"Barcelona," an Afterword
By Jasmina Odor
The story “Barcelona” is a sequel to a story I wrote some years before it, “Peanuts.” “Peanuts” is told in the first person from the perspective of Millie, the mother in the story, who, content with the apparent idyll of her life, observes her teenage daughter, Amanda, with much admiration; but there is also Dan, accused of fraud at the end, and Earl, Amanda’s new unsatisfactory boyfriend. “Barcelona” developed because, for one thing, the voice of Millie persisted, and for another, because I saw how her admiration could develop into something crippling for Amanda.
One of the editors of TNQ said that “Barcelona” is ‘a story about the oppressiveness of love,’ and it was conceived indeed as that. It is what I was thinking about at the
time of writing, how heavy love can be, how paralyzing its needs and expectations, and how much it can damage if it is not keen; but also, of the anguish of the person whose love is failing or inadequate. Parental and sexual love seem especially powerful in this regard, and the story became about these two, the parent’s love and the lover’s love, intensely focused on one person, who buckles under them.
It is one of the stories I had the hardest time writing and completing, and it had many shapes before it became what it is now. After weeks of working on it in Millie’s voice, I spent several more rewriting it in the voice of Amanda. Finally it came as a third person narrative, entering the minds of nearly all the characters. I was trying to get at the nuances of the dynamics between everyone, of the kind of complicated system of interconnected relationships and desires that develops in families, in people living close to each other for long periods of time. The third person voice can get at several angles, and perhaps, in this case, allow for finer sympathy for all.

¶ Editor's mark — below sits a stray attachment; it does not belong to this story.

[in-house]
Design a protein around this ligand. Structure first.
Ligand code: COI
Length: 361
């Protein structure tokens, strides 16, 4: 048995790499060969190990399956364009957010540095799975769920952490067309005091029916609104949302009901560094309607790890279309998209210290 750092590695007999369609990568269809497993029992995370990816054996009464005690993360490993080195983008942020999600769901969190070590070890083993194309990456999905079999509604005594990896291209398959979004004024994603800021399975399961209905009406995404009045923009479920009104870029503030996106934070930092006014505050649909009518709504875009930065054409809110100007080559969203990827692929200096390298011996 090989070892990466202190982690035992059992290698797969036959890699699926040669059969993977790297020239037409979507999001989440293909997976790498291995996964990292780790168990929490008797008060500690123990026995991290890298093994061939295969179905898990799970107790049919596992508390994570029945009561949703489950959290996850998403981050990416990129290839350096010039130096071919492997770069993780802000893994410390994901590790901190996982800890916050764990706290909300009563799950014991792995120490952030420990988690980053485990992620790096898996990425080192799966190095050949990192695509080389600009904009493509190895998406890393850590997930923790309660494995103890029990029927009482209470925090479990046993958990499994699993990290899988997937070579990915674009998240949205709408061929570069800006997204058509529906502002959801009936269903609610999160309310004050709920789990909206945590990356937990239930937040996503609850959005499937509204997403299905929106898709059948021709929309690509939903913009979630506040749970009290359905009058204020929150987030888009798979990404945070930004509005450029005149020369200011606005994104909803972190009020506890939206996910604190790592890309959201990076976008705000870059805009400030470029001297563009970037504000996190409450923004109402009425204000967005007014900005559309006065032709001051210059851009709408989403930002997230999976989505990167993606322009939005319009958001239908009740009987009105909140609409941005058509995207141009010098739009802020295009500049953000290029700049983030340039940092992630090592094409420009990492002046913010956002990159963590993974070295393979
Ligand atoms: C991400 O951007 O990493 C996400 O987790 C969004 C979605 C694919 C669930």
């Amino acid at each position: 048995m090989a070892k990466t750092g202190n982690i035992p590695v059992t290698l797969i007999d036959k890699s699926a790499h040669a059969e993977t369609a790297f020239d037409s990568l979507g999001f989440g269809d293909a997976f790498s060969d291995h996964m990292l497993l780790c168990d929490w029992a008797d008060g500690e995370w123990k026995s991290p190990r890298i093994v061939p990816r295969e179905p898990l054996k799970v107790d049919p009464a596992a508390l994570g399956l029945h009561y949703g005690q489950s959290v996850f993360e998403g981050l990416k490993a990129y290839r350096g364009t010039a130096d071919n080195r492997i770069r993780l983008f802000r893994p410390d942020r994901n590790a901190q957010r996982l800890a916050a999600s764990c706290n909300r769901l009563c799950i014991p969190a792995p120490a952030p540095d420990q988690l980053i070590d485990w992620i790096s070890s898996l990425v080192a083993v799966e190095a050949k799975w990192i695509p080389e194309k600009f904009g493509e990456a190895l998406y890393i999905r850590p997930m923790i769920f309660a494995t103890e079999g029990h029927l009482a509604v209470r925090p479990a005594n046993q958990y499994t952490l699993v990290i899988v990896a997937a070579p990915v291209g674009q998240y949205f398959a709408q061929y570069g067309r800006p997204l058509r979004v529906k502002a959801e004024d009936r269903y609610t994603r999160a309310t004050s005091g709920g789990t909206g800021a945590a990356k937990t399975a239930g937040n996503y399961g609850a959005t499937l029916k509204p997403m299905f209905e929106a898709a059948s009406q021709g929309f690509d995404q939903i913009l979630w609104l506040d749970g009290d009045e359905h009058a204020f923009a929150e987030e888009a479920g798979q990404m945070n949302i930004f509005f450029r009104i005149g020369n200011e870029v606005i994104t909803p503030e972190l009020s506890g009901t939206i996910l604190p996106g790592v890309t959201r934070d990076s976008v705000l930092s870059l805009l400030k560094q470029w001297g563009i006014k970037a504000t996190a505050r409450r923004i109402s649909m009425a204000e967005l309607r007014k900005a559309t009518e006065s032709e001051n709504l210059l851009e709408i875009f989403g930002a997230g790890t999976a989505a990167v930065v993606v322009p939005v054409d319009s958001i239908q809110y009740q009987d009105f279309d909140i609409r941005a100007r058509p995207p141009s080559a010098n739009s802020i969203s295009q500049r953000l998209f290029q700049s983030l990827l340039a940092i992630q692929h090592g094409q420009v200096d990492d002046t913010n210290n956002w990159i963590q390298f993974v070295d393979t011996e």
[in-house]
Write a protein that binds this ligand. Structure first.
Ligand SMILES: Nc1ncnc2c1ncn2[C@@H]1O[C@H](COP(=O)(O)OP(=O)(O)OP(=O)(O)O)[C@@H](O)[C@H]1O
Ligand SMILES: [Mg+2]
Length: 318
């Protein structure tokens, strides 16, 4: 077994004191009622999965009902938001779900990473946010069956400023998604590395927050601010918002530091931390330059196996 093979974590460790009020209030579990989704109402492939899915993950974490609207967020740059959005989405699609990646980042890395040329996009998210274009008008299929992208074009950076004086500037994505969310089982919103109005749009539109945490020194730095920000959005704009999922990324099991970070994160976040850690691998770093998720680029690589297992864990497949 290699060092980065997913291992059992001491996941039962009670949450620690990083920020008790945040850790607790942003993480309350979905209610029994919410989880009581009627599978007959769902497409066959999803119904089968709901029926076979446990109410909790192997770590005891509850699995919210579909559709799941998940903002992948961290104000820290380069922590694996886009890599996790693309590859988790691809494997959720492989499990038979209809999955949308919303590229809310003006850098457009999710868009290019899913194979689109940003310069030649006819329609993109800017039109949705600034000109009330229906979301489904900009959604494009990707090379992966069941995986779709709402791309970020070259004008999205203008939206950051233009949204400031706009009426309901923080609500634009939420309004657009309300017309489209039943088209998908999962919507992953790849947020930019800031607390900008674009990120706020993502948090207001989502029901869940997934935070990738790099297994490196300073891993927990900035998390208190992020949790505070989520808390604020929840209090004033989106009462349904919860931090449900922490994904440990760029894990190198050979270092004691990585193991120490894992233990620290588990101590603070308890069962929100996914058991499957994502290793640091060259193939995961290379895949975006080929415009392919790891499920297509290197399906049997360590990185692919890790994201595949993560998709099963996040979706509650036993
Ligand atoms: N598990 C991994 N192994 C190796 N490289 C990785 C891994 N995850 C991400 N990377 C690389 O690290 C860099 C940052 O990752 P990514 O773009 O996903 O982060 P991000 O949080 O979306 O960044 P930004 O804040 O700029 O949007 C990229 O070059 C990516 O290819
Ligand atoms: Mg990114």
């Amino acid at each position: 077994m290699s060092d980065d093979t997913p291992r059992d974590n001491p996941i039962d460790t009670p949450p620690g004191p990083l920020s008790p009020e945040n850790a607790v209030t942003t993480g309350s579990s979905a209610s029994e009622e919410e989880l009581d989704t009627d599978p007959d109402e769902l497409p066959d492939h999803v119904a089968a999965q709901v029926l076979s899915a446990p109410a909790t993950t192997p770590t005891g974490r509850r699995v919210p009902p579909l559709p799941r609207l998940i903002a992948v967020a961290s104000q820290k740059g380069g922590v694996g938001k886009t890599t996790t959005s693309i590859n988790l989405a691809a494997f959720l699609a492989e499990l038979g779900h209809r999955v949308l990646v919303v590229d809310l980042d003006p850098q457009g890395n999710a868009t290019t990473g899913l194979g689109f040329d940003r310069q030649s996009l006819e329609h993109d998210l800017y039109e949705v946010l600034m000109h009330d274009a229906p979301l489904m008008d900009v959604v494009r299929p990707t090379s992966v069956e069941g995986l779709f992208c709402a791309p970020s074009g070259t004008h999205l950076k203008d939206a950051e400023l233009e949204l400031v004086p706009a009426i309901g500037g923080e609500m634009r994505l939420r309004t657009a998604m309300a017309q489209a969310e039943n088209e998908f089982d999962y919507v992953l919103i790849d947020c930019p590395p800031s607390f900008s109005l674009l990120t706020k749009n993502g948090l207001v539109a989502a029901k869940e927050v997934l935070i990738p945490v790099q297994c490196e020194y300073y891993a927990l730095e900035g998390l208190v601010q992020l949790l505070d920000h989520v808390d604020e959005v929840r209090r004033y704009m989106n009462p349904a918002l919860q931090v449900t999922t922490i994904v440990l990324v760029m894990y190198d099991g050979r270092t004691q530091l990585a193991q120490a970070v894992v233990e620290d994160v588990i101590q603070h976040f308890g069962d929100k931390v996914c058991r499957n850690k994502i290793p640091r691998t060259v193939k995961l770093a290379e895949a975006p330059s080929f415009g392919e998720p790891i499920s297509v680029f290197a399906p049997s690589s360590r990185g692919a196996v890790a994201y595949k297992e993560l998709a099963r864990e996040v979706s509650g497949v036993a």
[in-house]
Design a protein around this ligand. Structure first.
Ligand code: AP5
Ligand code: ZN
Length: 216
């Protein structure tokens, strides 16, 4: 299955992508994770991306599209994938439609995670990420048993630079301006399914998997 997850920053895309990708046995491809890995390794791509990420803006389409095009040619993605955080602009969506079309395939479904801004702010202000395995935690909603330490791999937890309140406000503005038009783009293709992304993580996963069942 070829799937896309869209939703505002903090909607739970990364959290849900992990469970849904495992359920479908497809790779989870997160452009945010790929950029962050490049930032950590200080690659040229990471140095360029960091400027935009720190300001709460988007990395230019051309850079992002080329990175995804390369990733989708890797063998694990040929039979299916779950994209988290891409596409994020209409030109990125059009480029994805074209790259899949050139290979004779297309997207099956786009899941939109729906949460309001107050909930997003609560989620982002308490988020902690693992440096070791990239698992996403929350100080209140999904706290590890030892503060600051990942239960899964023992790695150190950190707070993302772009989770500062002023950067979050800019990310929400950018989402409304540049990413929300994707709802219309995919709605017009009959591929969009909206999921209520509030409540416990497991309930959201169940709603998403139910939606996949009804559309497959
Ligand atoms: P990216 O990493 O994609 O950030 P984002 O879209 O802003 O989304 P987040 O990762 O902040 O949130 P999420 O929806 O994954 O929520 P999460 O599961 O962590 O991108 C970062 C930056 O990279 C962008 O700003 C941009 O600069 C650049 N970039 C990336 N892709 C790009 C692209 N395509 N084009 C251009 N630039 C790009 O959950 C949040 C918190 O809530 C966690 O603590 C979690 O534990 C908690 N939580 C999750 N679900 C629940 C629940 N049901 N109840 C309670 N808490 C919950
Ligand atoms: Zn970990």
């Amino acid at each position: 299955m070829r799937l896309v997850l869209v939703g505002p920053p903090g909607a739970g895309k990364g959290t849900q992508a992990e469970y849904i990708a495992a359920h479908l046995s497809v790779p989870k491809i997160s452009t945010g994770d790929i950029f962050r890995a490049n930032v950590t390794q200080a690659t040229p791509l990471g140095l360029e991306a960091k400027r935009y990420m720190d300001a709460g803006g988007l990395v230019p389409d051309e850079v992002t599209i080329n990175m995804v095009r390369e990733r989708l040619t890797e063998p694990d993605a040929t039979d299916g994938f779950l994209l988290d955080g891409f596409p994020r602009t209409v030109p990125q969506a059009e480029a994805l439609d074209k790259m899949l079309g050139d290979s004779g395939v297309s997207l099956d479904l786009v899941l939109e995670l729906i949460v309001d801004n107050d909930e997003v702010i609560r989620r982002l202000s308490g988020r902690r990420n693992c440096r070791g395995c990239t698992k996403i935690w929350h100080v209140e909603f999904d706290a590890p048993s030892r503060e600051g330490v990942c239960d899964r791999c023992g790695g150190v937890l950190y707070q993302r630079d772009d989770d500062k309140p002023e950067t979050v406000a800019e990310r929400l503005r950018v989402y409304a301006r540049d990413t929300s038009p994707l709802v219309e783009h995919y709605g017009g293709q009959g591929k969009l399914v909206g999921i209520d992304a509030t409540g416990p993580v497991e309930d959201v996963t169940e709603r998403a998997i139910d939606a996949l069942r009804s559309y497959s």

I spent a week in Barcelona in the summer of 2009, when the story was about halfway through. That’s how the city Amanda gets away to became Barcelona. I thought of the place in fragments of sensory impressions, mostly, sort of the way both Amanda and Millie do in the story—a smell, a sound (the sound of the corrugated metal doors coming down over store fronts at closing time). The possibility of a new self that comes with Barcelona is an attractive possibility for Amanda, I think, though the loss of the old and the familiar is also frightening.
At the time of writing, I was reading one of Mavis Gallant’s two novels, Green Water, Green Sky (a part of which appears as a short story, “August”), and it entered what I was writing—in it too there is an eager, manipulative mother, a well-meaning, honest lover, and a daughter on the brink, rejecting both of them in the end and going mad. The characters are remarkable—the mother, Bonnie, has dragged the daughter all over Europe (they are Americans); she gives herself another ‘five good years,’ every five years, starting at thirtyseven. Bob, who marries Bonnie’s daughter Florence, observes of her near the end that “Nothing remained of the person he had once seen in the far table of the darkcafé in Cannes, elbows on table, reading a book.”